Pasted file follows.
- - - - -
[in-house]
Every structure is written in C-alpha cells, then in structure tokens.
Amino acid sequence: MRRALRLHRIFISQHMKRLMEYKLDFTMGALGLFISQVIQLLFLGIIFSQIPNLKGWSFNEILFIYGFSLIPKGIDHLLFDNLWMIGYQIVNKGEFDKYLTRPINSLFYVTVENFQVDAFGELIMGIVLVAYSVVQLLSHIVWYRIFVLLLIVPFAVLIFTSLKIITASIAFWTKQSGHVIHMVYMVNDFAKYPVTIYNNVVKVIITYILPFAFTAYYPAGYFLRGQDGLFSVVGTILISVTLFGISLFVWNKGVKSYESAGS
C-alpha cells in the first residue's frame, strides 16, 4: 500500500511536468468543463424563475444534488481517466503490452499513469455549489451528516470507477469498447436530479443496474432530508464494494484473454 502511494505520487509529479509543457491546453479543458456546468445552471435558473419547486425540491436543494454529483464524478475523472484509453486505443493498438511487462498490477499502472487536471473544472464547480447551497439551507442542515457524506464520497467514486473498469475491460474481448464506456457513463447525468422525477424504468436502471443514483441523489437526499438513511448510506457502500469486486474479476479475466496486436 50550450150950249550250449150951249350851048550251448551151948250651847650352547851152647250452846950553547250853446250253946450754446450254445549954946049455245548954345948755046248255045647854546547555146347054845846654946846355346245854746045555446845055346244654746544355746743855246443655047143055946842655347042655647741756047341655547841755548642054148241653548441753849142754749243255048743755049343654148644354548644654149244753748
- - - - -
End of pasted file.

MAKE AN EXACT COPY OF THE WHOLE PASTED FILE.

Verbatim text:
[in-house]
Every structure is written in C-alpha cells, then in structure tokens.
Amino acid sequence: MRRALRLHRIFISQHMKRLMEYKLDFTMGALGLFISQVIQLLFLGIIFSQIPNLKGWSFNEILFIYGFSLIPKGIDHLLFDNLWMIGYQIVNKGEFDKYLTRPINSLFYVTVENFQVDAFGELIMGIVLVAYSVVQLLSHIVWYRIFVLLLIVPFAVLIFTSLKIITASIAFWTKQSGHVIHMVYMVNDFAKYPVTIYNNVVKVIITYILPFAFTAYYPAGYFLRGQDGLFSVVGTILISVTLFGISLFVWNKGVKSYESAGS
C-alpha cells in the first residue's frame, strides 16, 4: 500500500511536468468543463424563475444534488481517466503490452499513469455549489451528516470507477469498447436530479443496474432530508464494494484473454 502511494505520487509529479509543457491546453479543458456546468445552471435558473419547486425540491436543494454529483464524478475523472484509453486505443493498438511487462498490477499502472487536471473544472464547480447551497439551507442542515457524506464520497467514486473498469475491460474481448464506456457513463447525468422525477424504468436502471443514483441523489437526499438513511448510506457502500469486486474479476479475466496486436 50550450150950249550250449150951249350851048550251448551151948250651847650352547851152647250452846950553547250853446250253946450754446450254445549954946049455245548954345948755046248255045647854546547555146347054845846654946846355346245854746045555446845055346244654746544355746743855246443655047143055946842655347042655647741756047341655547841755548642054148241653548441753849142754749243255048743755049343654148644354548644654149244753748